Six Nations: Wales return to Principality Stadium after its use as hospital
A typical Six Nations match day in Cardiff is inescapable. It is an all-consuming carnival, the city’s population swelling merrily with the influx of revellers from all parts of Wales and beyond.
Some 74,500 people arrive armed with tickets, thousands more cram into pubs while others simply surf Westgate Street’s sea of red shirts, breathing in the chill winter air, thick with anticipation – and the smell of beer.
The Principality Stadium is the epicentre, all choirs and marching bands; pitch-side flame-throwers warming the stands which teem with raucous fans.
On Sunday, Wales will return after a year away – but to a very different backdrop.
The coronavirus pandemic means Wales have not played at the Principality Stadium since a capacity crowd soundtracked last February’s thrilling encounter with France.
Since then, not a single supporter has passed through the turnstiles of the imposing stadium, which has instead been transformed into a field hospital and now back into a sporting arena.
Having admitted 46 people at the height of the pandemic’s first wave, the Principality Stadium will evoke the anguish of coronavirus with more than just its empty seats this weekend.
When Wales take on Ireland in their opening Six Nations fixture, they will be home – but home will not feel the same.
“It’s a big game to kick it off, back at home at the Principality Stadium, albeit without crowds,” says Wales head coach Wayne Pivac.
“We haven’t been there for some time, and that will be a lift for the players. I’m sure they’re all looking forward to getting back there.”
Captain Alun Wyn Jones can vouch for that: “It’s great to be back at the Principality Stadium. It served a purpose and rightly so but to be back there now, we’re just happy to be back home.”
For much of Friday, 13 March, 2020, it felt like the Welsh Rugby Union was swimming against the tide of global opinion and scientific advice when it insisted Wales’ Six Nations match against Scotland the following day would go ahead.
Later that afternoon, however, the game was postponed and a silence befell the Principality Stadium, which remained empty until the following month when it was turned into a field hospital.
With 600 workers cramming more than 250,000 hours of work into two weeks, the pitch disappeared and, along with thousands of seats, was replaced by a hospital tent eight times larger than Glastonbury’s Pyramid Stage.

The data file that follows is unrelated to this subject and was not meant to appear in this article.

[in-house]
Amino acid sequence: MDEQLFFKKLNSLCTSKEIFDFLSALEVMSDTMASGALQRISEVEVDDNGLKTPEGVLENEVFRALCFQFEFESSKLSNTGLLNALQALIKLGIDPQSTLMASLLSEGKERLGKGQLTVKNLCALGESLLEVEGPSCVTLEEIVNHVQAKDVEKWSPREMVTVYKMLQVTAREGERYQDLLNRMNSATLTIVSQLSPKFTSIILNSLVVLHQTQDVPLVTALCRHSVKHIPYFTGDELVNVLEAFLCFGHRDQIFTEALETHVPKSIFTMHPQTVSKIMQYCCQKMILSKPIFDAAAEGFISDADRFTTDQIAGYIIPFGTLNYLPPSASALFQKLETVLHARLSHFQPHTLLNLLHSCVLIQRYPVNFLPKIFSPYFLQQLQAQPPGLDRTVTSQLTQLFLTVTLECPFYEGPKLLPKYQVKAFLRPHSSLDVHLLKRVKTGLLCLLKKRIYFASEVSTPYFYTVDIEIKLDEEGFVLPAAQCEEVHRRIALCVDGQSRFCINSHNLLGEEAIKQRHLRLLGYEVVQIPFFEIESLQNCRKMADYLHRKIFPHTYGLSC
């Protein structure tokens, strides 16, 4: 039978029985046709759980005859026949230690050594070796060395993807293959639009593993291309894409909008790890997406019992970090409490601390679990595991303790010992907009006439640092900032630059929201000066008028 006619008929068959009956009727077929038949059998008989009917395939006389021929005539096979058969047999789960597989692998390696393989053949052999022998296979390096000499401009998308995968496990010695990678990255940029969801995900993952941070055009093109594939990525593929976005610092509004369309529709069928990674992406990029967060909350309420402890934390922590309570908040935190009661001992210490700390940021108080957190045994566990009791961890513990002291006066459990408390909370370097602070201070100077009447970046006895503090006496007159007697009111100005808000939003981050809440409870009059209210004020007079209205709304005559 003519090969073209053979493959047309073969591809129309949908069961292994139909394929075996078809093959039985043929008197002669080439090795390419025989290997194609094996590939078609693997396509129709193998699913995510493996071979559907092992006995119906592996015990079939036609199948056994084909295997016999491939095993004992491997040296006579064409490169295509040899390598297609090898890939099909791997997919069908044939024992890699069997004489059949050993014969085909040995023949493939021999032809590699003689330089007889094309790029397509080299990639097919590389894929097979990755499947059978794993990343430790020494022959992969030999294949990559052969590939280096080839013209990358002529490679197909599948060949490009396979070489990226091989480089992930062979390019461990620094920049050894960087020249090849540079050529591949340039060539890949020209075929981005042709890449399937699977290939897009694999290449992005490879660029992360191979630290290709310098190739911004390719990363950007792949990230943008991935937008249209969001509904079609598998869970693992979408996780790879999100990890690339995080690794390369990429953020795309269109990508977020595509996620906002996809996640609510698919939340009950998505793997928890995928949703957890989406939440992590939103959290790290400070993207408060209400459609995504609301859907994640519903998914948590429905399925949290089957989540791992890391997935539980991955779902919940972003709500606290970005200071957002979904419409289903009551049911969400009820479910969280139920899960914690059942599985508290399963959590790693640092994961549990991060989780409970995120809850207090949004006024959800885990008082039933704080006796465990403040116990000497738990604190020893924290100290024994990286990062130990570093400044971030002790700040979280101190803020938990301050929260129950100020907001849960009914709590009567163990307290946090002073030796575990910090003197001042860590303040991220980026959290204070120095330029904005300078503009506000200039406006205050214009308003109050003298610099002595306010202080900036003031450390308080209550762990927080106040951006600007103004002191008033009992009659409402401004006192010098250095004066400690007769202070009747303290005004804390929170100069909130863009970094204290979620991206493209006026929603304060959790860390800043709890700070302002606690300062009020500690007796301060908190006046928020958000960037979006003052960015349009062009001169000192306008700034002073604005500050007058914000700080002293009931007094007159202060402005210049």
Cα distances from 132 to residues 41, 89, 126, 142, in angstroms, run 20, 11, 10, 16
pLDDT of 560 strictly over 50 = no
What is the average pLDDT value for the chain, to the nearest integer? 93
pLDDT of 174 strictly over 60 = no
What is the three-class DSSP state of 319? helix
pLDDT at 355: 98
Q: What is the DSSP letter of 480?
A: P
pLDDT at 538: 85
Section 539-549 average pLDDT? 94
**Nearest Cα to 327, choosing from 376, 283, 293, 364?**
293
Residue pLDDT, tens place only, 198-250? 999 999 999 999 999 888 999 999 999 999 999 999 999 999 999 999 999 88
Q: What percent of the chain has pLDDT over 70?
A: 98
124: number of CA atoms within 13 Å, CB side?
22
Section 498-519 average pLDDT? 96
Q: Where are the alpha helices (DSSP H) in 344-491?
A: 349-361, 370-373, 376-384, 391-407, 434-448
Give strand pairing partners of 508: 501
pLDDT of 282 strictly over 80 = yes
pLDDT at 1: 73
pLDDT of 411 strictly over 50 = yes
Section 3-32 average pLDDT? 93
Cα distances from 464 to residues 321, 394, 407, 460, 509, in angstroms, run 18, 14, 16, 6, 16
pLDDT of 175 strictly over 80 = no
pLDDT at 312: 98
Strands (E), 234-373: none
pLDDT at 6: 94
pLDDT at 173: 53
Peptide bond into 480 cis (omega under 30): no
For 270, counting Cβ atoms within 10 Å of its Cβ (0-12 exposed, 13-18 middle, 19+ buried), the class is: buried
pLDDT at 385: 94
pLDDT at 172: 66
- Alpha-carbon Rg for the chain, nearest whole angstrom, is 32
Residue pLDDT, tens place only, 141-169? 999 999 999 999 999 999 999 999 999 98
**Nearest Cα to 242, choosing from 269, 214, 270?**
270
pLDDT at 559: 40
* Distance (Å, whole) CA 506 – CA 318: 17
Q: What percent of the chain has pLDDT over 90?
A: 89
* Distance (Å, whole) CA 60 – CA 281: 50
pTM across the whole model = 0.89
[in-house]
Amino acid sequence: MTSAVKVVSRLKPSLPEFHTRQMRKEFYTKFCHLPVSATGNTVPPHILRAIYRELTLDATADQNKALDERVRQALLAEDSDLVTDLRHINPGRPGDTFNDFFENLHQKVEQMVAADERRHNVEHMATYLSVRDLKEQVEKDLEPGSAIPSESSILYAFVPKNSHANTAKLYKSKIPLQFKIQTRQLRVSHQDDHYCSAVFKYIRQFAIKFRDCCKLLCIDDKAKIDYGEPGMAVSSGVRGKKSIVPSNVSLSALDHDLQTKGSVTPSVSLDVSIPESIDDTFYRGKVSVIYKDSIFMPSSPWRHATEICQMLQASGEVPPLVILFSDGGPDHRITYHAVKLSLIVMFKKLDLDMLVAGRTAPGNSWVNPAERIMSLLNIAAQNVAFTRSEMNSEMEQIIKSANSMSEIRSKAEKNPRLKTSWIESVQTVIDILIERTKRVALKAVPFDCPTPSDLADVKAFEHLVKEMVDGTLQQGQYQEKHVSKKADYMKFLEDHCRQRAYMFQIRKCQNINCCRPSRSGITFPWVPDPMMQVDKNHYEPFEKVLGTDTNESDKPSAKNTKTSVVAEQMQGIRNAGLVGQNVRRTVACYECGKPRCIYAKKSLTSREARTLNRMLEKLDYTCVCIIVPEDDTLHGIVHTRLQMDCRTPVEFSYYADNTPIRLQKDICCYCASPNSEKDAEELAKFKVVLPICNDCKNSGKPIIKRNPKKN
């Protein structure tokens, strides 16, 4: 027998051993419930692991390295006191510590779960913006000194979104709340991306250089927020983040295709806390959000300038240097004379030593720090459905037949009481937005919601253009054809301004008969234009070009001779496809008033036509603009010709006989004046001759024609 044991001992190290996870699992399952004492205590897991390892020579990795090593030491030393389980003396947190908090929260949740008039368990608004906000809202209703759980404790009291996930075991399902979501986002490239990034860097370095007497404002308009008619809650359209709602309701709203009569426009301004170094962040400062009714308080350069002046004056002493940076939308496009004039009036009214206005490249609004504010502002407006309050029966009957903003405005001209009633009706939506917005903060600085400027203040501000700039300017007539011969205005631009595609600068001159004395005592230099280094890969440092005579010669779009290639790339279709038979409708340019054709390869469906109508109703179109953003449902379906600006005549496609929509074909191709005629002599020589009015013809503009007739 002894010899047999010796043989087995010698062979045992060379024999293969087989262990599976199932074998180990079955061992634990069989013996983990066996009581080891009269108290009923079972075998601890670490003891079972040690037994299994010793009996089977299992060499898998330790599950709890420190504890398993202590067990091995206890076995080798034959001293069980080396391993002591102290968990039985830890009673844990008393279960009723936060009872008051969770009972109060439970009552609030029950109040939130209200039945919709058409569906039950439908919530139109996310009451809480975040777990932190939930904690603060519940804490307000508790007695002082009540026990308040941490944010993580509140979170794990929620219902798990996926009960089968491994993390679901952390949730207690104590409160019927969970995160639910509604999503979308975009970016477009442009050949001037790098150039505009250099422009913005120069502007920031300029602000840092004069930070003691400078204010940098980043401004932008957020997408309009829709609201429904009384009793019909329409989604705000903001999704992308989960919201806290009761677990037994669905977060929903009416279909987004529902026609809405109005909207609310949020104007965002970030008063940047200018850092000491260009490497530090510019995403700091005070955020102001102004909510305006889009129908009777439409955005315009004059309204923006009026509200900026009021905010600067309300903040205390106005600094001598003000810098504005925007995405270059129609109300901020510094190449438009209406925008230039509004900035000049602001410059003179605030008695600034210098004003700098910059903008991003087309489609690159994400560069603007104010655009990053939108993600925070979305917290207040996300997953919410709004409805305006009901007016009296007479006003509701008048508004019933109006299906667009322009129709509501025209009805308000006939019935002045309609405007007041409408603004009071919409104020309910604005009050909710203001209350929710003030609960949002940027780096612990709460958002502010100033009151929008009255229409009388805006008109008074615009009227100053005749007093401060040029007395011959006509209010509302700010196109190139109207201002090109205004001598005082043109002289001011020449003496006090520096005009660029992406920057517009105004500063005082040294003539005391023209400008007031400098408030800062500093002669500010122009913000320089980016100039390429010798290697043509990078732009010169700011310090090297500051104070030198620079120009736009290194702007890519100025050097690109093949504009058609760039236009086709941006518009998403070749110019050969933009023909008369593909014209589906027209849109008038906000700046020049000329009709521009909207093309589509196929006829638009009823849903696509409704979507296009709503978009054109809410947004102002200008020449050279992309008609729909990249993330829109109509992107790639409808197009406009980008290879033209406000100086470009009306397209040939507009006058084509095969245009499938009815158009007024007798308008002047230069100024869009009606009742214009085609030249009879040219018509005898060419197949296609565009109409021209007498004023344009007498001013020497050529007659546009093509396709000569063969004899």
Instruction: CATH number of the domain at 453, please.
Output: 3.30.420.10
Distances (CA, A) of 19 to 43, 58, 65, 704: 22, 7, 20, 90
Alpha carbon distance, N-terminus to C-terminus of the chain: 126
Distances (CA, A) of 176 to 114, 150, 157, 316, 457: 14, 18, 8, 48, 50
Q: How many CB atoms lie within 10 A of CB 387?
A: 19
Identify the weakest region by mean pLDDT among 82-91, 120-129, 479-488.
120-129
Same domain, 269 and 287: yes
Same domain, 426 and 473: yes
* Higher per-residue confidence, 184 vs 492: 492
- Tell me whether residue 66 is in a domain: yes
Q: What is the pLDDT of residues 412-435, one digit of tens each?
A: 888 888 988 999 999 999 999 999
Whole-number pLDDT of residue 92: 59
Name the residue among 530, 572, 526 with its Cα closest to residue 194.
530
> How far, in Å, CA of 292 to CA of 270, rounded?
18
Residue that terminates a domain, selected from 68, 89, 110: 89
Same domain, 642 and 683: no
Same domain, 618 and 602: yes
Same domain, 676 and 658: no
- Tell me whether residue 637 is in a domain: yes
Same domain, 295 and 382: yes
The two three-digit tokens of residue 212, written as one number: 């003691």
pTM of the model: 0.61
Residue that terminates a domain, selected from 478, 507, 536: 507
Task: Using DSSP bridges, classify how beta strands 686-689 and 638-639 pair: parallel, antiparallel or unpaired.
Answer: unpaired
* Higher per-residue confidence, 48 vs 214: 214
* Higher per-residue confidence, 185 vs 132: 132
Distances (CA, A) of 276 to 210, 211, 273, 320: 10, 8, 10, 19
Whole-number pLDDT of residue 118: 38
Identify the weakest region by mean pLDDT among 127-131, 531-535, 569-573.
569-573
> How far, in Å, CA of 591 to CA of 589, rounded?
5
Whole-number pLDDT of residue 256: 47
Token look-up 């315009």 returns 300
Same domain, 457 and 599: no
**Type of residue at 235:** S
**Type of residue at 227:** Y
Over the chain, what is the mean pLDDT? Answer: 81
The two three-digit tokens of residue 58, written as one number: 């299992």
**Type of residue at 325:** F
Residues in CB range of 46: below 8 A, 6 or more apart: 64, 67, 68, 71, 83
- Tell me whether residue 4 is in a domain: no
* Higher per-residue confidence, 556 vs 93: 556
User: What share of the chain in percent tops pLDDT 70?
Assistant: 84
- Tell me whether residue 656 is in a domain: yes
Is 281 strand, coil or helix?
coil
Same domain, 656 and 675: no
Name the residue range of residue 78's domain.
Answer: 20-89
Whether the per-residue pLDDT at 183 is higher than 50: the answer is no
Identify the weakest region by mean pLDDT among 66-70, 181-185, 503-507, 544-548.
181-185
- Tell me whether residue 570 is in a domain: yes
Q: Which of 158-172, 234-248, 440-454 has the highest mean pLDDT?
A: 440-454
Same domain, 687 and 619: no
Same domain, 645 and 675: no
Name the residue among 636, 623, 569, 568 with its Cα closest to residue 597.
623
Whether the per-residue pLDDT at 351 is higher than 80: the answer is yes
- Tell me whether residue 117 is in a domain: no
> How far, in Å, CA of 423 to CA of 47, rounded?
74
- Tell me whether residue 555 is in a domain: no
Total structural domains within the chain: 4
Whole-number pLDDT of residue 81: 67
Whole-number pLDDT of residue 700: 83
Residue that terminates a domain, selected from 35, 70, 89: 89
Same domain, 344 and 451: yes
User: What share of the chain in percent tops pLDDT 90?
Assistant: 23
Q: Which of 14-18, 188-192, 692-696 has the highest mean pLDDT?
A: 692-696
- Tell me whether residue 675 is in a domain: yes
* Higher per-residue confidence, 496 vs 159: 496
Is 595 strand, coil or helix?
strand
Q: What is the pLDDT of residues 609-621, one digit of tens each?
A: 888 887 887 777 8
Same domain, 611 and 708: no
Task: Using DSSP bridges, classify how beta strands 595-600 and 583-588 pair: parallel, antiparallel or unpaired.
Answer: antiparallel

The 2,000-bed Dragon’s Heart Hospital was the second largest in the UK when it opened on 20 April, and the Principality Stadium remained in the hands of health officials until the process of decommissioning the hospital started in December.
Transformation is nothing new for the stadium, which has hosted Beyonce concerts and monster truck exhibitions as well as international football and rugby since it was opened in 1999 – but this was an overhaul on an unprecedented scale.
Whereas pitches had previously been covered for non-sporting events, this time a brand-new playing surface was required. The grass was grown in Yorkshire over six months and it took four days to install the turf, which is now bedded in and ready for action.
“This was a different level,” says the stadium manager, Mark Williams.
“We started the planning cycle of this with the NHS and Mott MacDonald, the army were involved and about 30 members of my stadium staff were involved in the project throughout. It was around-the-clock work, 24/7.
“It was a huge collaborative effort but I have to say we were all very proud to have helped both the NHS and the people of Wales in the time of national emergency.
To watch Wales at an empty Parc y Scarlets – their temporary 15,000-capacity home in Llanelli in recent months – was strange enough.
To watch the team stride on to the Principality Stadium pitch to the sight of empty stands and the sound of silence – rather than the usual riot of colour and noise – will rob the occasion of its sense of reality, never mind its sense of occasion.
However unsettling that feeling, though, Wales will do all they can to restore some semblance of normality.
“What we’ll try to do is recreate the atmosphere,” says Rhys ap William, the stadium announcer.
“We’ll replicate exactly what we do [on a normal match day]. That special anthem has been recorded because nobody can come and sing it. They’ve also taken recordings from previous Wales-Ireland matches, the noises the fans make, so we’ve got that to play as well.
“We want to give Wales any advantage against Ireland we can.”
However marginal the gain, Wales will gladly take it.
They endured a miserable 2020, losing seven of their 10 matches and only managing wins against Italy – twice – and Georgia.
There were numerous facets of the game where Wales struggled – attack, defence, the breakdown, you name it – and Pivac believes adapting to playing behind closed doors is another area where they could improve.
“It’s something behind the scenes we’ve been looking at to make sure on game day we can replicate everything we can from a normal Principality Stadium experience, minus the fans,” the New Zealander says.
“It is a different occasion – you can’t hide away from that, it’s not the same. It’s not the same level of enjoyment as having that sea of faces, that sea of red and the singing and the support we get. It’s definitely a 16th man.
“That’s out the window and it’s the same for everybody, so it’s making sure we prepare the best we can and learn from the last campaign without fans.”
Ireland’s last visit to Cardiff in 2019 feels a lifetime ago; a packed Principality Stadium toasting Wales’ Grand Slam with a party in the rain.
Welsh success and huge crowds now seem like distant memories but, for Wales, a return home on Sunday – different as it may be – will be a start, a small step towards a paradise regained.
© The Fan Experience Company 2020